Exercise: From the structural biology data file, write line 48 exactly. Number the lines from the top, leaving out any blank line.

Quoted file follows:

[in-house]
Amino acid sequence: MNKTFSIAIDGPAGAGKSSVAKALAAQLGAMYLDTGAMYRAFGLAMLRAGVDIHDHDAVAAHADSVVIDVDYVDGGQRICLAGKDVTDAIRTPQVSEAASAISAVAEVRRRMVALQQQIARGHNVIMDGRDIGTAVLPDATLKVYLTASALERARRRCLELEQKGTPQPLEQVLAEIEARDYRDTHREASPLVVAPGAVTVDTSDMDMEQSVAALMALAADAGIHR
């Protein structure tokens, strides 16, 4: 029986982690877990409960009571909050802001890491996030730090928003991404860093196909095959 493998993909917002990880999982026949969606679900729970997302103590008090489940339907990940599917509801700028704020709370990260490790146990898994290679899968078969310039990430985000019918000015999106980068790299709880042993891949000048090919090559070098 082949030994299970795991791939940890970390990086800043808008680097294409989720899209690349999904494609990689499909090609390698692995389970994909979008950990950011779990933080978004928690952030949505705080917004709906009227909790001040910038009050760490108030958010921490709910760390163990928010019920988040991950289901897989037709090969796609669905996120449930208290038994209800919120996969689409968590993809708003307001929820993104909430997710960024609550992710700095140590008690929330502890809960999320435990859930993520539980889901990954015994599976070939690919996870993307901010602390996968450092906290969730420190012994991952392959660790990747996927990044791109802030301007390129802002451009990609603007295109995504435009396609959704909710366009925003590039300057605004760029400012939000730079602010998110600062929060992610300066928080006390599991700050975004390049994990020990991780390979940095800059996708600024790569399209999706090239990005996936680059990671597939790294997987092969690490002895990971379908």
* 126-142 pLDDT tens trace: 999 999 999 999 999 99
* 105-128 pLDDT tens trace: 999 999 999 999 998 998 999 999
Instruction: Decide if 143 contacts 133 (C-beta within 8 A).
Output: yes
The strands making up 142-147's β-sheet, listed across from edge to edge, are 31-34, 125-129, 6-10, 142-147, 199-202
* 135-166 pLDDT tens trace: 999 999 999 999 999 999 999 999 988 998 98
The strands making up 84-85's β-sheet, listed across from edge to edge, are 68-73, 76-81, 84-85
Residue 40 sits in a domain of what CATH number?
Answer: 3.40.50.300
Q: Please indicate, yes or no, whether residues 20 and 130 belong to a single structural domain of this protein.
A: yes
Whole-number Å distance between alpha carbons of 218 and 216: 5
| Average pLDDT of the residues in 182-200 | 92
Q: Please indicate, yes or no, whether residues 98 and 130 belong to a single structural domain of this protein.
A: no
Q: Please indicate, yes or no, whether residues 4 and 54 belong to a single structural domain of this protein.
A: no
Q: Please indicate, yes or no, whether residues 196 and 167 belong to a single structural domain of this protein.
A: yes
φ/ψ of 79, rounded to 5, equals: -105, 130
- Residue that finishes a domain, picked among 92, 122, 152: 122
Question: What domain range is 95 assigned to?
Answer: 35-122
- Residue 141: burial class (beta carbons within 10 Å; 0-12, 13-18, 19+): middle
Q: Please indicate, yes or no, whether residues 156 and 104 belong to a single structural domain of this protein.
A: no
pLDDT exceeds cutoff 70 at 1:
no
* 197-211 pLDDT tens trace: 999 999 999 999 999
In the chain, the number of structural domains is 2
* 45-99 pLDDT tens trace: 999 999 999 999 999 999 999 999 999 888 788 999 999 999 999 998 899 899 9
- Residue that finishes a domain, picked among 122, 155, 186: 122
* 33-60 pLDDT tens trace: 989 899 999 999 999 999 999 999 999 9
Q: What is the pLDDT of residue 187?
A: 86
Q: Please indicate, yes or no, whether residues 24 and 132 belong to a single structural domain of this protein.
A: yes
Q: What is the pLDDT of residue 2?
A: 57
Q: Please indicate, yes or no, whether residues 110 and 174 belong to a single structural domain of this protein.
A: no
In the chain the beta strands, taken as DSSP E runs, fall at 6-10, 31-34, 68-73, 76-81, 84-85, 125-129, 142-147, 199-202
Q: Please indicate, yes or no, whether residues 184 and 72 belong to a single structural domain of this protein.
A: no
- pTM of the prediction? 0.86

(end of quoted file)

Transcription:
- pTM of the prediction? 0.86